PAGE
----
Dr. Peter Carey is a pathologist at a Boston hospital. The daughter of the hospital's Chief of Staff dies after an illegal abortion goes wrong, and Carey's friend and colleague Dr. David ... See full summary »
Pretty Melinda Howard has been abroad singing with a musical troupe. She decides to return home to surprise her mother whom she thinks is a successful Broadway star with a mansion in ... See full summary »
Brooks Wilson is in crisis. He is torn between his wife Selma and two daughters and his mistress Grace, and also between his career as a successful illustrator and his feeling that he might... See full summary »
Eva Marie Saint,
Light bio-pic of American Broadway pioneer Jerome Kern, featuring renditions of the famous songs from his musical plays by contemporary stage artists, including a condensed production of ... See full summary »
Joe comes from a rough neighborhood and when his brother Mike is gunned down in 1927, he decides to go into legitimate business. He wants to make a lot of money and fast so he is ambitious ... See full summary »
J. Walter Ruben
Douglas Fairbanks Jr.,
Henry, a destitute New York actor, inherits his murdered brother, Jim's ranch located just outside Tonto City, AZ. Ricky Dole (Douglas Fowley) dishes out as much trouble as he can because ... See full summary »
Mary Fairchild elopes with Dick Mercer and it doesn't take long for Mary to realize she has made a mistake. Her wealthy husband, of short duration, locks her in their apartment to keep her ... See full summary »
Screenwriter Dalton Trumbo and director Edward Dmytryk were known for their left-wing political beliefs - they were among the infamous "Hollywood Ten" blacklisted during the McCarthy-era anti-Communist hysteria after the war - and Ginger Rogers, a staunch Republican, began noticing what she interpreted to be "anti-American" speeches in her dialog. Upon complaining, the speeches were given to other actresses. See more »
When Chris comes around the hanging laundry in Jo's flashback, we hear the end of his whistling "You Made Me Love You," but his face is totally relaxed, and clearly not that of a person who is whistling. See more »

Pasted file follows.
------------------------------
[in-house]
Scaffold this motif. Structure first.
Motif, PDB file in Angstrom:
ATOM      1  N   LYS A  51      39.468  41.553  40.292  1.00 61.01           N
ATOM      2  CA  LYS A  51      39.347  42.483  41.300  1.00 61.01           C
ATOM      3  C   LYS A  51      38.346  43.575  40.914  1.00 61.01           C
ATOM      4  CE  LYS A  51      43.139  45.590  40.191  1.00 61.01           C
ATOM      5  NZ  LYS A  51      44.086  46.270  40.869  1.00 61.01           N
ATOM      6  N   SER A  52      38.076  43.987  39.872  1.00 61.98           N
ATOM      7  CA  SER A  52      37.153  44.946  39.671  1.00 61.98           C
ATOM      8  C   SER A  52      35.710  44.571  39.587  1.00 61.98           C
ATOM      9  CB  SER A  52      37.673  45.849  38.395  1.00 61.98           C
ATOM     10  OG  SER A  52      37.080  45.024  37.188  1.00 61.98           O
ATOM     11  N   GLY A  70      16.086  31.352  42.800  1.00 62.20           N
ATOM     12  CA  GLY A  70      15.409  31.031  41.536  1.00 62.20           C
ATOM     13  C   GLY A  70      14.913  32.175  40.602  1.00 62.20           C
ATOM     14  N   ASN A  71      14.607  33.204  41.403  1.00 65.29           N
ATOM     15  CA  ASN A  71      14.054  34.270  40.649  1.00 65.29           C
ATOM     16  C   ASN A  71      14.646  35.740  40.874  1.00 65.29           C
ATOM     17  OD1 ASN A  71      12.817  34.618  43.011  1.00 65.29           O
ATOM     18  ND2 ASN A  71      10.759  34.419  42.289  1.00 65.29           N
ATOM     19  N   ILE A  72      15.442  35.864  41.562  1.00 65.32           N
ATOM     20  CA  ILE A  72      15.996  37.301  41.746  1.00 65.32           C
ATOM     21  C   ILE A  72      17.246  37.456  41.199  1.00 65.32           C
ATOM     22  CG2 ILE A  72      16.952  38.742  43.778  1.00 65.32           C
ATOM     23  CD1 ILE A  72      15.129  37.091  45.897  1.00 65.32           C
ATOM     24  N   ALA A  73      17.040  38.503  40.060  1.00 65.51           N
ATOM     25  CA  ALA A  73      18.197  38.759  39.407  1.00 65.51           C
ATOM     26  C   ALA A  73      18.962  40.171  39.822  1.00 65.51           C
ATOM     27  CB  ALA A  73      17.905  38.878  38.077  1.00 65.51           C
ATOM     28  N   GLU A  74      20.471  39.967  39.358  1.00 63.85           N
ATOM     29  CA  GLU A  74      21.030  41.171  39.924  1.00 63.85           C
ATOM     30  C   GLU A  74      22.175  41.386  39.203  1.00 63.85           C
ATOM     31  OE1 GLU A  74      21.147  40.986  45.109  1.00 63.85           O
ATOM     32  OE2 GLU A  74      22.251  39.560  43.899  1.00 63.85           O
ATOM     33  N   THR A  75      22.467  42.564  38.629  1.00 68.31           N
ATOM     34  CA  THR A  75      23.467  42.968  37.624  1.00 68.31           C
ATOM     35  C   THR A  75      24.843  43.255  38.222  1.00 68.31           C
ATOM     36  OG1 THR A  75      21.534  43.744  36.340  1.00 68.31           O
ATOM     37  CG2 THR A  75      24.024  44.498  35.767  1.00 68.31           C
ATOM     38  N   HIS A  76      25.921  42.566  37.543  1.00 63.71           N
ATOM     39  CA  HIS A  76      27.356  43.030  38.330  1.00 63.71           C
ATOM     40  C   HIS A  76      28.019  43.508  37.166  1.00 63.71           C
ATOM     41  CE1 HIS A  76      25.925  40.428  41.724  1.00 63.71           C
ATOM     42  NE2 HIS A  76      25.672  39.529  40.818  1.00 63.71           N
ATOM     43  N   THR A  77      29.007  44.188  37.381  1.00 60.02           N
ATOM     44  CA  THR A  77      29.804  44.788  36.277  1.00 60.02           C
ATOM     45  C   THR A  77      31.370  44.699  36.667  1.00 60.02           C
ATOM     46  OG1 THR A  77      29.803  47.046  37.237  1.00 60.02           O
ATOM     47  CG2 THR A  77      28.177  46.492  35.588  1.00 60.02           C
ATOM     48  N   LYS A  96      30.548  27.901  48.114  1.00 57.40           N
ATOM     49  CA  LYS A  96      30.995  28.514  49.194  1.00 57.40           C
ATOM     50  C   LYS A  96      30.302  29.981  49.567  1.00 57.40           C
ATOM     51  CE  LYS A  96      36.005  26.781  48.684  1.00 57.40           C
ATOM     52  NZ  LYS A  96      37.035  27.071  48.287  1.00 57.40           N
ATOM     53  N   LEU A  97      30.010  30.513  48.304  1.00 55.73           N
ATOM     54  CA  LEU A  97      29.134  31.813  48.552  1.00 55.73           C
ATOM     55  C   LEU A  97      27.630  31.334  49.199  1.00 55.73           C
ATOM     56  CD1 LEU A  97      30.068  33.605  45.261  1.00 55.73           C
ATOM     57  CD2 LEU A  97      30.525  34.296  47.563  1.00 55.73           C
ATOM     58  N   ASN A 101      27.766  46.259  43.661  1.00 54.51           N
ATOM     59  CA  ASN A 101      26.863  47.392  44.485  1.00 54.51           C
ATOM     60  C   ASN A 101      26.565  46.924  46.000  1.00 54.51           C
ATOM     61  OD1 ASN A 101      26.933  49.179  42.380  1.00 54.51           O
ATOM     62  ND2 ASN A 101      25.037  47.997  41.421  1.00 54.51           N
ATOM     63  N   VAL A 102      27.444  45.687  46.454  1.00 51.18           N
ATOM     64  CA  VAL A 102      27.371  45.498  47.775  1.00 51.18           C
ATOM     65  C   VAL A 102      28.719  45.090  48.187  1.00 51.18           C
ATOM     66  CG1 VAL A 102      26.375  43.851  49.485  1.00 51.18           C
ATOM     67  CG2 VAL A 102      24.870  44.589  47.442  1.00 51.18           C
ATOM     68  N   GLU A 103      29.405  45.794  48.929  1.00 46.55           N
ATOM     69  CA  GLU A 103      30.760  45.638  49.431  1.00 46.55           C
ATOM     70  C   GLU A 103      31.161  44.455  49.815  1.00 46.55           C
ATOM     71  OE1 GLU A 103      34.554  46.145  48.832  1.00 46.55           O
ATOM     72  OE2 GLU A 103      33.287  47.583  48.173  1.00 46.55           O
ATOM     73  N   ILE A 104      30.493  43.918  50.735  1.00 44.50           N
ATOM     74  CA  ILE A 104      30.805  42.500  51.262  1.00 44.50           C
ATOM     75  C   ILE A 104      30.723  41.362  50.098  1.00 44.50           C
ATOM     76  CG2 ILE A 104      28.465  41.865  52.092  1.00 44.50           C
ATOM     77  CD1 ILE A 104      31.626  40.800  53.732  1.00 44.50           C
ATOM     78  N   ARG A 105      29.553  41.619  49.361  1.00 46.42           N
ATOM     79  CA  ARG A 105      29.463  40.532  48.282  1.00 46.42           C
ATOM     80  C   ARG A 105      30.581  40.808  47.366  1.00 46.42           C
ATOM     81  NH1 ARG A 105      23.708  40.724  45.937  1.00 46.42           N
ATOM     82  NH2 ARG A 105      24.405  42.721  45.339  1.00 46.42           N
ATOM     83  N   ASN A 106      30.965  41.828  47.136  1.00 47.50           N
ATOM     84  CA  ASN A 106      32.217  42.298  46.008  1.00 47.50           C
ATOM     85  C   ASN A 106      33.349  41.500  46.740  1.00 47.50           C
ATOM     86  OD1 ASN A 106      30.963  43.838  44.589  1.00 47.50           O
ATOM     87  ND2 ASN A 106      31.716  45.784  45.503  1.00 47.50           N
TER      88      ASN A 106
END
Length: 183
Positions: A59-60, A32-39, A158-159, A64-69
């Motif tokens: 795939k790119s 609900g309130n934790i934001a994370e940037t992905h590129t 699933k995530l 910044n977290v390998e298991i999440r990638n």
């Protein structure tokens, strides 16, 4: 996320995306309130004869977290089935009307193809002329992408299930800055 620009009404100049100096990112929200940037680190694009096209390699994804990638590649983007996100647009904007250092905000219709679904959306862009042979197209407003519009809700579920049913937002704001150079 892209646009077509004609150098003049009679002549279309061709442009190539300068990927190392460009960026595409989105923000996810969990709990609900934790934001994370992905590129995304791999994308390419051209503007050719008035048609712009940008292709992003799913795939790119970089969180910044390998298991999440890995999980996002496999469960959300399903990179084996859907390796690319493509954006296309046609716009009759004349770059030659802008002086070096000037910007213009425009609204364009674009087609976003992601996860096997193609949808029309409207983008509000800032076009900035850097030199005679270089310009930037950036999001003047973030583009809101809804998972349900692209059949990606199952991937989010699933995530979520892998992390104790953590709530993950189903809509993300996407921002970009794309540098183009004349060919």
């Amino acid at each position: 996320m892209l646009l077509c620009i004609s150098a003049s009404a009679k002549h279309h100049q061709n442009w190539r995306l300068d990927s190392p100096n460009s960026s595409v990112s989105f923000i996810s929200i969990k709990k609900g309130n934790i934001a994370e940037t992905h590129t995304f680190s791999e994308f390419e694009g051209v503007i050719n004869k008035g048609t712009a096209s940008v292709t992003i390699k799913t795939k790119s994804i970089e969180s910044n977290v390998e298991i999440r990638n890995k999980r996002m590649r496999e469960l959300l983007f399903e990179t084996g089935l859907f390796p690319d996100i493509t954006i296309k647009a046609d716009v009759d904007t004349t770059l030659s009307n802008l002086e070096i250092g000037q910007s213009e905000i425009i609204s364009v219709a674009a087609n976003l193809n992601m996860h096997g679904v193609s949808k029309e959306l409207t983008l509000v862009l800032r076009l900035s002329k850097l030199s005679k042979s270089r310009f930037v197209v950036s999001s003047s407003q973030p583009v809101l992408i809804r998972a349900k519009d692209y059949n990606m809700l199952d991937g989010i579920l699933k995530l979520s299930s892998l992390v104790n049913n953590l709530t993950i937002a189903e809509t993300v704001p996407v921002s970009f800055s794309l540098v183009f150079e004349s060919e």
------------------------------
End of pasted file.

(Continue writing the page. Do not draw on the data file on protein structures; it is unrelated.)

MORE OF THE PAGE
No matter how tough things are, no matter how bad they seem, all I'll have to do is think of you and I'll come through.
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Although a teeny bit "sticky" here and there, still a wonderful drama and time capsule of the war
While it's true that this film isn't nearly the drama that SINCE YOU WENT AWAY was, it is still an exceptional view of the impact of WWII on the families at home. Despite a very minor problem (which I'll talk about later), the film has great emotional impact even today and I dare you to watch it all the way through and keep a dry eye!
The main character of the film is Ginger Rogers and is about her dealing with life without her husband, Robert Ryan, who is at war. While he does appear in the first 15 minutes or so of the film, he is primarily seen through a series of flashbacks interspersed through the movie. These all give background as to the life this couple shared before the war. As for Ryan, he came off very well in these vignettes, though Rogers' character seemed a bit too petulant to be believable and I was half expecting Ryan to slap her upside the head to shut her up (folks, I am NOT encouraging spousal abuse--relax)! Later in the film she had mellowed quite a bit and was indeed a very sympathetic and good character.
Ginger and her co-workers begin talking after Ryan goes back to the war and they mutually decide to rent a house together and share expenses. At this point, the story involved the the lives of these four other women--their motivations, back story and character. This is all told in a very effective manner and you really begin to care for the ladies.
The purpose of this tearjerker was to solidify the resolve for the war with the people left behind in the States and in this light, this was a super-effective film. Generally excellent writing, direction and acting make this a film that is easy to connect to and like. It also makes the movie a tough one to watch, as you tend to go through an emotional roller-coaster because of all the ladies' trials and tribulations. A wonderful time capsule of the era and a film well worth seeing.
Oddly, in later years, many of those responsible for this film were labeled "Communists" and the film was cited as an example of these left-leaning sympathies. Other than the fact the ladies live together and share their money, I really can't see how any sane person could construe this as Communism--and what's the matter with sharing a home and expenses anyway? I did that a while back and I don't THINK I'm a Communist!!
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